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This book is a good introduction to understanding the parts, structure, and meanings of the Tipiṭaka. Tipiṭaka is the Pāli word meaning « Three Baskets » used to describe the body of discourses and teachings (in three categories) credited to Siddhartha Gotama, or the historical Buddha. It is also called the Pāli Canon.
The purpose of this book is to give a brief introduction about Vipassana meditation, quintessence of the Buddha’s teaching. It also contains information on life of the Buddha, stories of the people who benefitted from the practice of Vipassana meditation, six historical Councils, chain of teachers after the Buddha and spread of Vipassana through pictorial presentation. This information is embedded in the beautiful high quality pictures from the gallery at the Global Vipassana Pagoda.
Manual of Vipassana Meditation is a collection of lectures by Mr. U Ko Lay, student of Sayagyi U Ba Khin and a former Vice Chancellor of Mandalay University. These lectures, which have been much expanded and annotated, were given to the first year students at the International Buddhist Missionary University where U Ko Lay had acted as the Head of Department of Vipassana Meditation in the Faculty of Patipatti.
In a Vipassana course, the participants learn how to free the mind of the tensions and prejudices that disturb the flow of daily life. By doing so, one begins to discover how to live each moment peacefully, productively and happily. At the same time, one starts progressing towards the highest goal to which mankind can aspire: purity of mind, freedom from all suffering, full enlightenment.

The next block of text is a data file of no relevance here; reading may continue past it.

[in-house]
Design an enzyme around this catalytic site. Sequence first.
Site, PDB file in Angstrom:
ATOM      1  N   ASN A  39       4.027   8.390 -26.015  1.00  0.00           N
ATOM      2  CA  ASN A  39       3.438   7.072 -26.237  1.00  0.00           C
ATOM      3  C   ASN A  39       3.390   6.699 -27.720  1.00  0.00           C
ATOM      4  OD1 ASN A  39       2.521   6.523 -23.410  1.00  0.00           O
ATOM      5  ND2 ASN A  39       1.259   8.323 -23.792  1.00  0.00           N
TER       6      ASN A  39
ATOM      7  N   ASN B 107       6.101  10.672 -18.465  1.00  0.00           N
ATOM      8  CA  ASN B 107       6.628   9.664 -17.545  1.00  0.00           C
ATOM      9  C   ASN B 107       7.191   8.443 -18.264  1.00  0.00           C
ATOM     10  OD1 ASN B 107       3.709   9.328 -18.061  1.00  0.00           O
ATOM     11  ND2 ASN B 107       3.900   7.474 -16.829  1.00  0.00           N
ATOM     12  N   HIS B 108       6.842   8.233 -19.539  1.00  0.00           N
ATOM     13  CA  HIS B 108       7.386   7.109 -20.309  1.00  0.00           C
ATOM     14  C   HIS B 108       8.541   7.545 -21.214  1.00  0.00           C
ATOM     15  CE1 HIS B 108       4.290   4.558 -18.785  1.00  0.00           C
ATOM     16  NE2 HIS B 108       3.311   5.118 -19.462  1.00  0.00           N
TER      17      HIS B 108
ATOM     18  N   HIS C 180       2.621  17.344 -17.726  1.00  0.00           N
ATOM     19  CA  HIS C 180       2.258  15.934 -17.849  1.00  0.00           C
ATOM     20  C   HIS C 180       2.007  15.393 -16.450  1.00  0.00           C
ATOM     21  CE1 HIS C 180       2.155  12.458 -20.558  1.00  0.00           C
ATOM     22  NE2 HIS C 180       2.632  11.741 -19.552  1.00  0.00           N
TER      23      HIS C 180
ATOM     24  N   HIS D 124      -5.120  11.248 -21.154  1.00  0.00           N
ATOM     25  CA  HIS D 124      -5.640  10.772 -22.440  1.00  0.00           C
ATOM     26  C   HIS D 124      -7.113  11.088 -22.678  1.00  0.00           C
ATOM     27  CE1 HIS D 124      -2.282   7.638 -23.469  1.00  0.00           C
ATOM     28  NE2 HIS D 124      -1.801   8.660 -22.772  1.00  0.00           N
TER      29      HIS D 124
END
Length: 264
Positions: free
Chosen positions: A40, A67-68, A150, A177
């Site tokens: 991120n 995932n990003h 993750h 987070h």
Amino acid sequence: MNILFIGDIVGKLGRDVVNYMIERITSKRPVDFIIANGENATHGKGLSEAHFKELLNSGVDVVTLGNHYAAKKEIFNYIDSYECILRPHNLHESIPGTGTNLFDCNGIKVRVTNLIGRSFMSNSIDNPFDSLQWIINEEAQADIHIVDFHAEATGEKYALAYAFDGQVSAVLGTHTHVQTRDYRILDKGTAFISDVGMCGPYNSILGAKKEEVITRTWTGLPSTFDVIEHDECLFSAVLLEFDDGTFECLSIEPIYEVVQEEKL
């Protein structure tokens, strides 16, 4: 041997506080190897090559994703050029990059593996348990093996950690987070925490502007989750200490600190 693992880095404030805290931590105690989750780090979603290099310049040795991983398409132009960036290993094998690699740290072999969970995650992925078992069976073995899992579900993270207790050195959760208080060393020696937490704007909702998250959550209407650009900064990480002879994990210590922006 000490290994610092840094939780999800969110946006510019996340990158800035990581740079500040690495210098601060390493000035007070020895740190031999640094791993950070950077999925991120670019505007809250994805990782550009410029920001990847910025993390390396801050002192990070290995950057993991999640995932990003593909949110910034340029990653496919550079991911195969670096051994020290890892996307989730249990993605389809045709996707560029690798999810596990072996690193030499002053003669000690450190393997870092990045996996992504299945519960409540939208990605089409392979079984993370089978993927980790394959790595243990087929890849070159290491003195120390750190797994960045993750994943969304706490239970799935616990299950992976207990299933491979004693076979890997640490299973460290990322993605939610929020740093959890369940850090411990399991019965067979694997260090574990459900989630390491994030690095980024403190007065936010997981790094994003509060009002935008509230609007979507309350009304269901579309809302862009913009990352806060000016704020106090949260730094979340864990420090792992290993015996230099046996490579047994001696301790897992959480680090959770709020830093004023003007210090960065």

Diary of S.N.Goenka s meditation now tour europe and North America April10to august 15,2002
In 2002, at the age of 78, Mr. S. N. Goenka embarked on a remarkable Dhamma tour of the West. He traveled for 128 days through Europe and North America, giving many Dhamma talks, leading meditation sessions, giving media interviews and guiding students in private interviews along the way.
For centuries in India, the Buddha and his teachings have been accused as being pessimistic. These misunderstandings developed when the Buddha’s teachings were lost in India and most of the world. This was largely due to disappearance of the applied teachings (the technique of Vipassana meditation) in the initial years and loss of words of the Buddha (Pali Canon) in the later years.